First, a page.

- I was in early labor for eleven days. Back pain, “basketball belly,” and a really high Bishop score, but no baby. The cliché is true: I thought I’d be pregnant forever.
- At 11 p.m. on the eleventh day, I went to bed with back pain—again. An hour later, Liesl and I decided we should figure out how to use the contraction-timing app. Then we argued about how many cars we would need to take to the hospital.
- The contractions went from 6-8 minutes apart, to 1-2 minutes apart, within about an hour. And we were still in Girdwood, 35 miles from the hospital!
- We gathered our stuff, and we (Liesl, her mom, the dog and I) went down to the garage. We’d decided to take both the Tacoma and the Subaru. I crawled into the back of the Subie—and right back out again. “We might need to call an ambulance,” I said.
- The 911 dispatcher told Liesl, “Tell her to take her pants off and get on the ground.” Somehow, between contractions, I got my shoes and pants off. Before long the paramedics arrived. Thankfully, this was during the brief window of darkness in an Alaskan summer night; I never thought I’d be half-naked in a parking lot, in full view of all the neighbors’ windows!
- The ambulance went screaming off toward town, with Liesl and her mom following in the car and the truck. My blood pressure was high and my oxygen low as we raced along the winding, two-lane Seward Highway. With one hand I held on to the paramedic for dear life, and with the other braced myself, one leg on the floor, one knee on a narrow gurney, contractions convulsing my body. My water broke, and broke again, and broke again.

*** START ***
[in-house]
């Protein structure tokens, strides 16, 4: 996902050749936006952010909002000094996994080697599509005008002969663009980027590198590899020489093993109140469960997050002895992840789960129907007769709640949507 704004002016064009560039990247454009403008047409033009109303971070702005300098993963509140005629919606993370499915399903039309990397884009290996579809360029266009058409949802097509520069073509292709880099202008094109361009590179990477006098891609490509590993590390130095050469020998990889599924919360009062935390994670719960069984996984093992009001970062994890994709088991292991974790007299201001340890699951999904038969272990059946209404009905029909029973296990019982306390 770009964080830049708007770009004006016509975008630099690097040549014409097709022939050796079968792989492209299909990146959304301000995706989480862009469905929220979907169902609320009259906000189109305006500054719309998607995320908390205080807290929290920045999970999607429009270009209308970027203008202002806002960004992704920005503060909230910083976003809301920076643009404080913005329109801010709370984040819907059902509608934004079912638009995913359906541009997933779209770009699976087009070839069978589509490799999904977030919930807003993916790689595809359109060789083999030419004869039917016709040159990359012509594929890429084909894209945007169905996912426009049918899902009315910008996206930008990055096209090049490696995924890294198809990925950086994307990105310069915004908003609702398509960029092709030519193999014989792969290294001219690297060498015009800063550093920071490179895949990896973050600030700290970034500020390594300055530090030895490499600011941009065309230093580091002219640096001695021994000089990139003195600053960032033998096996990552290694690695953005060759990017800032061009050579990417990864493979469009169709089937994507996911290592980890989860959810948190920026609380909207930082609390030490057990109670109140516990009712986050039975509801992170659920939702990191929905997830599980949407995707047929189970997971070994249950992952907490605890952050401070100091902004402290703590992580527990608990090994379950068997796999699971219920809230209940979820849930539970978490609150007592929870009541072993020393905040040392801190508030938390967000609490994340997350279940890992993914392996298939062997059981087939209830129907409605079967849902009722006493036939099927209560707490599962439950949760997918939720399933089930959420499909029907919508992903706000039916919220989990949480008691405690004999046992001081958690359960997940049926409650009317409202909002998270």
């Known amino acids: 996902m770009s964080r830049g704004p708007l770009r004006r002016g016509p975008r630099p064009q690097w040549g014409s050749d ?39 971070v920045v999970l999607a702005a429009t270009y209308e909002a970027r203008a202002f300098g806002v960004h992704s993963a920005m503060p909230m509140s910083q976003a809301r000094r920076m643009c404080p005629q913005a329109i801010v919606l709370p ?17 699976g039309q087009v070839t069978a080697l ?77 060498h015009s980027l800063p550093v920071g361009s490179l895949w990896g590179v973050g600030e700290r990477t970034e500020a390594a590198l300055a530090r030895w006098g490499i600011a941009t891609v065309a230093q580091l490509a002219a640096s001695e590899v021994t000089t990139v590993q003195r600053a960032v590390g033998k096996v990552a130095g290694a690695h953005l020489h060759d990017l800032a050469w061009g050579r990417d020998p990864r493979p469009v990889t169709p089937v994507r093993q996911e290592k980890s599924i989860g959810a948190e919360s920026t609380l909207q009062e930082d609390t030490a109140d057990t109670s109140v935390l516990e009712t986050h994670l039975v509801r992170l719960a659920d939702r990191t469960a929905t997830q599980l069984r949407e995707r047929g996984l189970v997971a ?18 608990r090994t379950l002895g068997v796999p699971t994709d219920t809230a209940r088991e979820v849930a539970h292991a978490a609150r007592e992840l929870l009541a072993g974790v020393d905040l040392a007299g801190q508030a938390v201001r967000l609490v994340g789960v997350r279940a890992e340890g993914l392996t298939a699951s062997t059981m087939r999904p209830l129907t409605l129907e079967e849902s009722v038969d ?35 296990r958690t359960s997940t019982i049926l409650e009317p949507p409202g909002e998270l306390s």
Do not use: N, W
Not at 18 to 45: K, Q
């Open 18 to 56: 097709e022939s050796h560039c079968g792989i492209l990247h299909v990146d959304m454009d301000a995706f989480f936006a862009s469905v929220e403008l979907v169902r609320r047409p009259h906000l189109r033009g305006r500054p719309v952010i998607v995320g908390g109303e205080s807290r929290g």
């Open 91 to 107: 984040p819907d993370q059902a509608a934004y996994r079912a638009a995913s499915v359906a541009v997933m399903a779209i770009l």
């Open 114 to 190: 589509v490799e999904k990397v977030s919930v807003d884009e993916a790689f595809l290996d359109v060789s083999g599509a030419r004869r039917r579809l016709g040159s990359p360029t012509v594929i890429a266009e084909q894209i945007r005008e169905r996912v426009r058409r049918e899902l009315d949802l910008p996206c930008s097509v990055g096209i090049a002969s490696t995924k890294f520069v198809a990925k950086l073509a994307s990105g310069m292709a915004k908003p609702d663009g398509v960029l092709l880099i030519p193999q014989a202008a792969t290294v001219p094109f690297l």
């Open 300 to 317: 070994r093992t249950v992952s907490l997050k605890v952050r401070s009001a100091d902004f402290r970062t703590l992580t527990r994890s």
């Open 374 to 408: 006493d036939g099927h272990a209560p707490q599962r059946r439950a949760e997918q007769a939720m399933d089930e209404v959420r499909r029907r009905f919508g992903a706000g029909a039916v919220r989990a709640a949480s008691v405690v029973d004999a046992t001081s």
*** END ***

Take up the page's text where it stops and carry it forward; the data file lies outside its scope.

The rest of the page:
- Once we finally got there, I swore a lot—explaining to the nurses, “I’m a Unitarian Universalist minister. I’m allowed to swear.”
- For three hours, I knelt in the shower, holding Liesl’s hands for dear life as each contraction hit, moaning, screaming, even roaring, I think, while our doula stood there, watering my back with the shower head, as calmly as if she’d been watering her lawn on a summer evening.
- When it was finally time to push, with each contraction I pushed for a count of ten, took a breath, pushed for another ten count, took another breath, and pushed for a third ten count. During one of the later pushes, I said, “I think I just burst my eyeball.”
- After three hours of pushing, the doctor told me that she’d like to give me about fifteen more minutes, and then we’d talk about using a vacuum. When that fifteen minutes came, I was ready; I was losing faith that I could do it.
- Finally, after 3.5 hours of pushing, with the help of the vacuum and my strong OB, I focused on the doctor’s halo of blond hair, and with one last fierce push I gave birth to our daughter.
- They took her away briefly, as they said she looked a little shocked. She’d emerged with her arms clenched to her sides, looking like a little soldier, making it difficult for the OB to find anything to grab as she pulled her out.
- The placenta didn’t detach properly, and taking care of that was so painful that I almost kicked the OB in the head. (Would have, too, had she not ducked.) Through the haze of pain, I could hear the baby making smacking, sucking noises in Liesl’s arms.
- Finally, the placenta was out, and the baby was back in my arms. After a moment’s consultation, Liesl and I agreed that we did like the name we had chosen, and we announced it to her mom, and all the medical people. “Her name is Willa Rain,” we said.
This was, hands down, the hardest thing I’ve ever done. For at least 24 hours, I looked like a prizefighter after a bout.
Less than eleven hours start to finish, half-naked outdoors, excruciating pain, a wild-and-crazy ambulance ride, no meds—and I did it, with the help of a great partner, her mom, our doula, the EMTs and the doctors and nurses.